### Not SQ again...

Structure factor (SQ) is a characterization quantity which is frequently calculated in molecular simulations. It is easily to code the calculation program according to the definition. In most molecular simulations, periodic boundary condition is adopted therefore
$$S(\mathbf{q}):=\mathcal{FT}\lbrace\langle\rho(\mathbf{r})\rho(\mathbf{0})\rangle\rbrace(\mathbf{q})$$
is actually a circular convolution, where FFT can give a dramatic boost in contrast to calculate directly. The steps using FFT are:
1. Calculate $\rho(\mathbf{r})$, which is a summation of Dirac-Delta function that can be estimated as a hisotgram;
2. Calculate $\hat{\rho}(\mathbf{q})$ by FFT;
3. $S(\mathbf{q})=|\hat{\rho}(\mathbf{q})|^2$;
4. Calculate mean over modulus: $S(q)=\int S(\mathbf{q})\delta(|\mathbf{q}|-q)\mathrm{d}\mathbf{q}/\int \delta(|\mathbf{q}|-q)\mathrm{d}\mathbf{q}$
Efficiency
If the simulation box is divided into $N$ (in 3D systems, $N=N_xN_yN_z$ for example) bins, the FFT gives $O(N\log(N))$ complexity and step 4 is $O(N)$. Generally, in comparison with the direct method, one needs at least loop over number of particles and $N$ bins for $\mathbf{q}$, the number of particles is obviously, way larger than $\log(N)$. For data of most simulations are real numbers, rFFT designed for real inputs could further boost the program. Here is code for a 3D example, i, j, k represent $N_x$, $N_y$, $N_z$ respectively.
fftn(a) == np.concatenate([rfftn(a), conj(rfftn(a))[-np.arange(i),-np.arange(j),np.arange(k-k//2-1,0,-1)]], axis=-1)

Accuracy
1. Binsize effect.
2. The binsize in histogram should be smaller than half of the minimun of the pair distances in the system according to Nyquist-Shannon sampling theorem. For example, in Lennard-Jones systems, $0.4\sigma$ is a good choice. However, if values of only some small $q$ are concerned, i.e., in some self-assembly systems, there is no need to calculate in the "pair accuracy", the sampling distance smaller than half of the interested domain size is fine.
3. Randomness in the bin
4. Particles in bins are randomly distributed, especially for large binsize mentioned above. The summation $\sum_i \exp(-\mathbb{I}\mathbf{q}\cdot\mathbf{r}_i)$ can be decomposed into $$\sum_\mathrm{bin} \exp(-\mathbb{I}\mathbf{q}\cdot\mathbf{r}_\mathrm{bin})\left(\sum_i \exp( -\mathbb{I}\mathbf{q}\cdot\delta\mathbf{r}_i)\right)$$ The idea is straightforward: for particles inside a bin, i.e., for particle $i$,  position $\mathbf{r}_i$ can be decomposed as $\mathbf{r}_i=\mathbf{r}_\mathrm{bin}+\delta\mathbf{r}_i$, and for particles in the bin, $\delta\mathbf{r}$ is assumed randomly distributed in the bin. The latter summation in the decomposition is thus represented as $n_\mathrm{bin}\overline{\exp(-\mathbb{I}\mathbf{q}\cdot\delta\mathbf{r})}$, the average is approximated according to the distribution of $\delta\mathbf{r}$. If we consider $\delta r$ (1D case, for example) uniformly distributed in $(-L/2, L/2)$ with $L$ be the binsize, the average is $\mathrm{sinc}(qL/2)$. Multiply the sinc function during step 4, the $S(q)$ will be corrected.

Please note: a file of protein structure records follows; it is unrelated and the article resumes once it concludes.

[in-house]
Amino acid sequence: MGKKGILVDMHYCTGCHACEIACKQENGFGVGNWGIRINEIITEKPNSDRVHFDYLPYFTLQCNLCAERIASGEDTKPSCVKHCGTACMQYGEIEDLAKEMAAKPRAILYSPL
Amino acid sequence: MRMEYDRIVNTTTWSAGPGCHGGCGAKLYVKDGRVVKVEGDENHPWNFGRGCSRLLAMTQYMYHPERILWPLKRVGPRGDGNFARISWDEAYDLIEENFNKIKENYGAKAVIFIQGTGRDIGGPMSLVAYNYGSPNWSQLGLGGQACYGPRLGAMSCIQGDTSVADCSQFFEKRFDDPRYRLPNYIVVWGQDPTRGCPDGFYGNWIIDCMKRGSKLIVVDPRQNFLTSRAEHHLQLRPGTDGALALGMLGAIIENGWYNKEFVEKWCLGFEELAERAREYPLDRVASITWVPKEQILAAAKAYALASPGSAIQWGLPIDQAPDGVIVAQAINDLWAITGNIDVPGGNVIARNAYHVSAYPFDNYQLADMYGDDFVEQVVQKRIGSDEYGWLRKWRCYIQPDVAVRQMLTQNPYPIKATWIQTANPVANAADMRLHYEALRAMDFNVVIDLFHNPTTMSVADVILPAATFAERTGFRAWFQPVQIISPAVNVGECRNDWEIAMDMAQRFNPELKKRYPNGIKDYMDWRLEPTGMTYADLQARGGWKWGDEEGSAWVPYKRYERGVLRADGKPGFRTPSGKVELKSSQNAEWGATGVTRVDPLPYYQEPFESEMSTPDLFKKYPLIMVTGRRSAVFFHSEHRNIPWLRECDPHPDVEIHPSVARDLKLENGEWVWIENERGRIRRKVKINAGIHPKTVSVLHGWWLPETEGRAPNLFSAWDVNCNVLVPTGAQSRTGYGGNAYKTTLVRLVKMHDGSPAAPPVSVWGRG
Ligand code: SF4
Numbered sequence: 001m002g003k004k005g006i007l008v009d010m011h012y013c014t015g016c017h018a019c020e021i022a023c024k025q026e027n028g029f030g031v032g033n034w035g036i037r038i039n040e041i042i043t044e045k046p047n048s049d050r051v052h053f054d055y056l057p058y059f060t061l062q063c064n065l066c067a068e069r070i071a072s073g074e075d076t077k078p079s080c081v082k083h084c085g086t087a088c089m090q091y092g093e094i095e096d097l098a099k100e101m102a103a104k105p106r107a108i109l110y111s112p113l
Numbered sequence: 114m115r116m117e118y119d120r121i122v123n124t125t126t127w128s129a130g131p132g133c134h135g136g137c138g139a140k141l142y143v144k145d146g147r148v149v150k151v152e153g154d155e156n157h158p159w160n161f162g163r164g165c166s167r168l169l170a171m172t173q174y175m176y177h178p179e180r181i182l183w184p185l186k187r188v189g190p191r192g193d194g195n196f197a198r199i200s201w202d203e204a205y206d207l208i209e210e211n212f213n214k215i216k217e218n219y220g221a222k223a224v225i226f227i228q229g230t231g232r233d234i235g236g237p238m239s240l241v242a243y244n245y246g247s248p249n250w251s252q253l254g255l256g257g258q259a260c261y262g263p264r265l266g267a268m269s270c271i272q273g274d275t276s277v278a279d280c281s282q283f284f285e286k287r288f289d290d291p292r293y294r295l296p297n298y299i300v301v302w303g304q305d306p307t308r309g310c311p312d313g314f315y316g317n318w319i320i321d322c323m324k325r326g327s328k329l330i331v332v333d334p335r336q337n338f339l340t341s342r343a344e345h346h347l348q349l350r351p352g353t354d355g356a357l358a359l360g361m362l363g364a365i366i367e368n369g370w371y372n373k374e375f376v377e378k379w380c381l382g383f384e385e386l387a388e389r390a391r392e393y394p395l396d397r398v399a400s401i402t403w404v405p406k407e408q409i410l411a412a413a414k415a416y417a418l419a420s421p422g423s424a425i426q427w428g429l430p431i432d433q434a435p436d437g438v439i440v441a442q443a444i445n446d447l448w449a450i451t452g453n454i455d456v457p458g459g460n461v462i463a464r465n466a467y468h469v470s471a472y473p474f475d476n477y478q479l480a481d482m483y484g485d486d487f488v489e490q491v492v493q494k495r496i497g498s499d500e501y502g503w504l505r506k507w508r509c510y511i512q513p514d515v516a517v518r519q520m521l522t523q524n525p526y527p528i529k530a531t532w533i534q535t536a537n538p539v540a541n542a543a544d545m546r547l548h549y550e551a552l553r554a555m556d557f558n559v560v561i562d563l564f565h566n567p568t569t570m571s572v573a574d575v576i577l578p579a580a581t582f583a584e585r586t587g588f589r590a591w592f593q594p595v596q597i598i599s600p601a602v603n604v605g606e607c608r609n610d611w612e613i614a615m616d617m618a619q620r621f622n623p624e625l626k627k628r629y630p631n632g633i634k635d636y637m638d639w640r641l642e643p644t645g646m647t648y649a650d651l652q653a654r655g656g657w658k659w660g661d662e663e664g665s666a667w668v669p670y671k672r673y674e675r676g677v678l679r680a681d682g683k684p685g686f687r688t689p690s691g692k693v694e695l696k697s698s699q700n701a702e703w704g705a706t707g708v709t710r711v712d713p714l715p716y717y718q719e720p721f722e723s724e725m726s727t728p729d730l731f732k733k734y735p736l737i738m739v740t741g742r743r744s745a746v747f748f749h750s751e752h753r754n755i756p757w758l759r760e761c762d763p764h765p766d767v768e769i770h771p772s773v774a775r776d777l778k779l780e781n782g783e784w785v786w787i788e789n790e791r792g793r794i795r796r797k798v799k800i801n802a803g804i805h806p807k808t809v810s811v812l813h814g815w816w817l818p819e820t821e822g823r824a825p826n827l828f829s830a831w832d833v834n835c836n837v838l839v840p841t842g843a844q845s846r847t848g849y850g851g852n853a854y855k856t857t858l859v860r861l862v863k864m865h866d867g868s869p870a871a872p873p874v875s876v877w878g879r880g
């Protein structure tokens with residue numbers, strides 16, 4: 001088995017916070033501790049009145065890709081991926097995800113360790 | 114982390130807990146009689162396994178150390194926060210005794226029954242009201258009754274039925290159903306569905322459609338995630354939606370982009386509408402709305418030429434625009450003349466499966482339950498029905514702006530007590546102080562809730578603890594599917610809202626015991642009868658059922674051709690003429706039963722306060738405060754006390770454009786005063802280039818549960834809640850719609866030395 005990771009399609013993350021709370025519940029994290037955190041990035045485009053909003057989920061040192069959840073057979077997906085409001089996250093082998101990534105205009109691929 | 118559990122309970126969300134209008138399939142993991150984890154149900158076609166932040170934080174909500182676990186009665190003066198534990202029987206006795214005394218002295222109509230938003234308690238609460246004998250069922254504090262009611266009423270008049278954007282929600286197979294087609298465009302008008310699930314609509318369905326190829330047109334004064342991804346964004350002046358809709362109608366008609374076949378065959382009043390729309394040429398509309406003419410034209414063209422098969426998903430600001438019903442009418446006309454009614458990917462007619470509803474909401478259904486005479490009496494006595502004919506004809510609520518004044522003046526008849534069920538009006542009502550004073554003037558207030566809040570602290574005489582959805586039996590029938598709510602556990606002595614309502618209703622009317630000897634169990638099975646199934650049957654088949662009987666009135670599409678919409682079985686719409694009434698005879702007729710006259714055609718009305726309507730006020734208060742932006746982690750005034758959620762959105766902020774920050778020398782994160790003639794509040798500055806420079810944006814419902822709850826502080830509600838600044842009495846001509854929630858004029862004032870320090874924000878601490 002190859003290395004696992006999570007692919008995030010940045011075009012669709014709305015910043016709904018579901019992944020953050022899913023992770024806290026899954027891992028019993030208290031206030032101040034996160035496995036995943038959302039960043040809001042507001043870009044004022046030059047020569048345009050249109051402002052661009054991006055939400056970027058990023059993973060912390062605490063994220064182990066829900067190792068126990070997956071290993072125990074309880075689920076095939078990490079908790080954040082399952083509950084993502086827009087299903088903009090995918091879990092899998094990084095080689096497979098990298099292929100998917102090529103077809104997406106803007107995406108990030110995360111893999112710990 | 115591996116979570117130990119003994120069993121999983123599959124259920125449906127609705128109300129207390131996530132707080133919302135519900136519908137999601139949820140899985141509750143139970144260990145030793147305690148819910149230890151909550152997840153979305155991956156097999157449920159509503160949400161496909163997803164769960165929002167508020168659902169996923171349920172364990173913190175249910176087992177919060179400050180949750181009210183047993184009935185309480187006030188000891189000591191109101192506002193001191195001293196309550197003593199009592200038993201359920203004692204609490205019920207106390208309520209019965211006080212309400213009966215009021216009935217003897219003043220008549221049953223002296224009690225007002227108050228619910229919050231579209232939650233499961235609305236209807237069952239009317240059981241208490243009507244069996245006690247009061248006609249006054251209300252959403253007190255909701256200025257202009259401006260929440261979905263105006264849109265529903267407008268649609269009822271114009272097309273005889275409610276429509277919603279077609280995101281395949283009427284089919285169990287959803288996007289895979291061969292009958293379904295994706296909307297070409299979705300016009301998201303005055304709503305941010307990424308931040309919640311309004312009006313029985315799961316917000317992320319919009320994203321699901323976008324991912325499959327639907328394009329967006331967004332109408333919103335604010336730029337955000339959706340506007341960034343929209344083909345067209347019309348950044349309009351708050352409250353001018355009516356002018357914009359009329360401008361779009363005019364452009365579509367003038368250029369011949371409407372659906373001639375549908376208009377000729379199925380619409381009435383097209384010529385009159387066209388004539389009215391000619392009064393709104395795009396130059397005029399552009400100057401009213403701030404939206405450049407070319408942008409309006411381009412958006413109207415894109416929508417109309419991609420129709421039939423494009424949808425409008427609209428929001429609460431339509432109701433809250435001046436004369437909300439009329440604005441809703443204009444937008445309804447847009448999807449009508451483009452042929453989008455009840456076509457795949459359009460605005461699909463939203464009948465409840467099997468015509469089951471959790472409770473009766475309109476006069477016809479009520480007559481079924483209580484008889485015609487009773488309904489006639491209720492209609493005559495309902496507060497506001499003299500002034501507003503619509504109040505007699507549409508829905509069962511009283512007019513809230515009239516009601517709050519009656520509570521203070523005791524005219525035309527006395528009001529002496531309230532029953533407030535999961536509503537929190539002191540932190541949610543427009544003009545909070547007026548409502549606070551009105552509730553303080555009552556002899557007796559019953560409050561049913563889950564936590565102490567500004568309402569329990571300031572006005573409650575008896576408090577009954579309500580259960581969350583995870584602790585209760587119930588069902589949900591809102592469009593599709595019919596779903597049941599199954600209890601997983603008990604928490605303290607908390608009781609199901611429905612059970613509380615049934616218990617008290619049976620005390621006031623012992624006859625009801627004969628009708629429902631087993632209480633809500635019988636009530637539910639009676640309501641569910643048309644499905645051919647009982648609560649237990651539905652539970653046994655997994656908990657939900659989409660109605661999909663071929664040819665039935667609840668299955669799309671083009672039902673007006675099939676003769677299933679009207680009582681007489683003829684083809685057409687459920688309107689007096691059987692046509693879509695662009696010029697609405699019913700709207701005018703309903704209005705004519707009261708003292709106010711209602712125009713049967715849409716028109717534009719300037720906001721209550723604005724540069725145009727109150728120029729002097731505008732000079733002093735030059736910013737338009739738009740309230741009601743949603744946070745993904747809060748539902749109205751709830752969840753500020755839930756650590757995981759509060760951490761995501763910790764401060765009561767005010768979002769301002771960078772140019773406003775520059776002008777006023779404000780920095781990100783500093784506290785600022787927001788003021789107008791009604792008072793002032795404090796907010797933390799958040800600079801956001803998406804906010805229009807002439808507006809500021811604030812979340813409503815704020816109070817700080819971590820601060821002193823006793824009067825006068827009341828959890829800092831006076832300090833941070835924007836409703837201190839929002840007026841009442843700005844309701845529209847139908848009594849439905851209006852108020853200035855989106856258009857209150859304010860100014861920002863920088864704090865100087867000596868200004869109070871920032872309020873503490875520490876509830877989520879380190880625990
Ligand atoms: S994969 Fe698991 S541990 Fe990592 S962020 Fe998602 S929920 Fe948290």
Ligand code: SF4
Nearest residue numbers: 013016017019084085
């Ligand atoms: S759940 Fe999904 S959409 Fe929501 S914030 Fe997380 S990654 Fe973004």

### Free energy calculation: umbrella integration

Formulae of umbrella sampling method can be found on wikipedia. In umbrella sampling, a reaction coordinate $\xi$ is pre-defined from the atomic coordinates, a bias potential is added to the atoms of interest to keep $\xi$ of the system at a specific window $\xi_w$. The bias form is usually a harmonic potential:
$$u^b_w(\xi)=0.5k_w(\xi-\xi_w)^2$$
Therefore, the energy of biased system $A^b_w = A^{ub}_w + u^b_w(\xi)$. The superscript $ub$ is short for "un-biased". In the simulations, we can sample the reaction coordinate in each window and evaluate their distribution $P^b(\xi)$, since the free energy $A=-k_BT\ln(P)$, we have:
$$A_w^{ub}(\xi) = -k_BT\ln(P^b_w(\xi))-u^b_w(\xi)-F_w$$
with $F_w$ is a reference free energy of each window and remains an unknown constant. One method to derive $F_w$ is WHAM, in year 2005, Kästner et al. (The Journal of Chemical Physics 123, no. 14 (October 8, 2005): 144104.) have proposed a new method whose idea is to take derivative of $A^u_w$ with respect to $\xi$ to eliminate $F_w$, In this method, $P(\xi)$ is assumed to be analytic, e.g., a Gaussian distribution. The general idea is to expand $A(\xi)$ into Taylor series (at $\langle \xi \rangle_w$):
$$A(\xi)=a_1 \xi + a_2 \xi^2 + a_3 \xi^3 +\ldots$$
if $a_i=0$ with $i\ge 3$, the Gaussian form is restored. For systems with higher order terms, the distributions, for example, generally have a non-zero skewness. The crucial step is to determine $\lbrace a_i\rbrace$. In practice, the probability with form of $\exp(-\sum_i a_i \xi^i)$ is difficult to determine, in year 2012, Kästner et al. (The Journal of Chemical Physics 136, no. 23 (June 21, 2012): 234102) studied cases with order $4$ and small $a_3, a_4$. I have tried another more "numerical" method to calculate $\lbrace a_i\rbrace$ when datasets are poorer: fit $\exp(-\sum_i a_i \xi ^i)$ with a Gaussian KDE to find $\lbrace a_i \rbrace$. For some "poor" datasets, higher-order terms of expansion of free energy are required. The normalization factor of the distribution is estimated as $n=\int_{\xi_\mathrm{min}}^{\xi_\mathrm{max}} P(\xi)\mathrm{d}\xi$, the fitting range should be carefully chosen to ensure the convergence of $n$.
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